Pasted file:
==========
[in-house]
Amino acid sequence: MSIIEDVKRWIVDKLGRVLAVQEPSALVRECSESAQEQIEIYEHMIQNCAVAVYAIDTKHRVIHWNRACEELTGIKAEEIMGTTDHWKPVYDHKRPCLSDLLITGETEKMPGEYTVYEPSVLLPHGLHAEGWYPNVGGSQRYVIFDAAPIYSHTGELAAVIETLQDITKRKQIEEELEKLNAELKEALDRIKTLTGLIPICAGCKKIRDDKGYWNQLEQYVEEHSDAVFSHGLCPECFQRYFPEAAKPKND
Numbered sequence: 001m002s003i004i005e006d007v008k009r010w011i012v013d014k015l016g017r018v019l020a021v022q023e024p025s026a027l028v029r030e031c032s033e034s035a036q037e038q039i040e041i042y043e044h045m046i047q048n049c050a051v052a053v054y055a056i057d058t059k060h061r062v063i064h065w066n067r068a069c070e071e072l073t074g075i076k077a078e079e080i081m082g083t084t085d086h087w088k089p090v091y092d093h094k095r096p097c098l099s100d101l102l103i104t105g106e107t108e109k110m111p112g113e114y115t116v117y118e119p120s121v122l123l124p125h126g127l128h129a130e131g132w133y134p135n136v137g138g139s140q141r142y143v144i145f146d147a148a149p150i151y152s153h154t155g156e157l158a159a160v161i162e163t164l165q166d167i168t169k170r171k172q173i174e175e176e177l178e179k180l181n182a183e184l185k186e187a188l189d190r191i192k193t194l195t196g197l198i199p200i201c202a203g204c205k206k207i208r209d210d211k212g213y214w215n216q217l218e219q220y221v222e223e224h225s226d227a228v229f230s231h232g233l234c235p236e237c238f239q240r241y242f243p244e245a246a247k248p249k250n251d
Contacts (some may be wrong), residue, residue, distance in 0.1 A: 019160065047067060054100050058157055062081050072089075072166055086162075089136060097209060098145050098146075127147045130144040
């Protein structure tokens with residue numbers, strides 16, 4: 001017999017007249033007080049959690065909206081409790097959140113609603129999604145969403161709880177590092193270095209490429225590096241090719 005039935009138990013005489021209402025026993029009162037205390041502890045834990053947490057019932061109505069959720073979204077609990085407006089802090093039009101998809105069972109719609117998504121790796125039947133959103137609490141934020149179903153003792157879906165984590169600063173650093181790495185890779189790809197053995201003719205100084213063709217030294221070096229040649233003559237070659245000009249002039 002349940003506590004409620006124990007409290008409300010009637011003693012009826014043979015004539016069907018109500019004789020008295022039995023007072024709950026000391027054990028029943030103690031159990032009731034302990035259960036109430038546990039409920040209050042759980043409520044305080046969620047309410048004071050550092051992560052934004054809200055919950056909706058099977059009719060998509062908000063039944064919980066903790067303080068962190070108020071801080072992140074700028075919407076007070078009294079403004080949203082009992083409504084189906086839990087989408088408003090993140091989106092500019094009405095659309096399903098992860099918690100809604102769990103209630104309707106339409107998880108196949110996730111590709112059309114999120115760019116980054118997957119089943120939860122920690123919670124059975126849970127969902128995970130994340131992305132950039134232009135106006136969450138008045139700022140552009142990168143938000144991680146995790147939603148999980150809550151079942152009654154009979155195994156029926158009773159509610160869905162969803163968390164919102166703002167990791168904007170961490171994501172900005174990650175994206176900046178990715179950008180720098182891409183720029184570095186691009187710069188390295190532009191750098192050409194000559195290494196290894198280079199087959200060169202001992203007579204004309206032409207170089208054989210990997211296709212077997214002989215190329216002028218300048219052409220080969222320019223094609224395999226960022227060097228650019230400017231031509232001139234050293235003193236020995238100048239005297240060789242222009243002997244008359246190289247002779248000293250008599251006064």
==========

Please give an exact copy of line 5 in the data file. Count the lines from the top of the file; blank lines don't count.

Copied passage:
């Protein structure tokens with residue numbers, strides 16, 4: 001017999017007249033007080049959690065909206081409790097959140113609603129999604145969403161709880177590092193270095209490429225590096241090719 005039935009138990013005489021209402025026993029009162037205390041502890045834990053947490057019932061109505069959720073979204077609990085407006089802090093039009101998809105069972109719609117998504121790796125039947133959103137609490141934020149179903153003792157879906165984590169600063173650093181790495185890779189790809197053995201003719205100084213063709217030294221070096229040649233003559237070659245000009249002039 002349940003506590004409620006124990007409290008409300010009637011003693012009826014043979015004539016069907018109500019004789020008295022039995023007072024709950026000391027054990028029943030103690031159990032009731034302990035259960036109430038546990039409920040209050042759980043409520044305080046969620047309410048004071050550092051992560052934004054809200055919950056909706058099977059009719060998509062908000063039944064919980066903790067303080068962190070108020071801080072992140074700028075919407076007070078009294079403004080949203082009992083409504084189906086839990087989408088408003090993140091989106092500019094009405095659309096399903098992860099918690100809604102769990103209630104309707106339409107998880108196949110996730111590709112059309114999120115760019116980054118997957119089943120939860122920690123919670124059975126849970127969902128995970130994340131992305132950039134232009135106006136969450138008045139700022140552009142990168143938000144991680146995790147939603148999980150809550151079942152009654154009979155195994156029926158009773159509610160869905162969803163968390164919102166703002167990791168904007170961490171994501172900005174990650175994206176900046178990715179950008180720098182891409183720029184570095186691009187710069188390295190532009191750098192050409194000559195290494196290894198280079199087959200060169202001992203007579204004309206032409207170089208054989210990997211296709212077997214002989215190329216002028218300048219052409220080969222320019223094609224395999226960022227060097228650019230400017231031509232001139234050293235003193236020995238100048239005297240060789242222009243002997244008359246190289247002779248000293250008599251006064």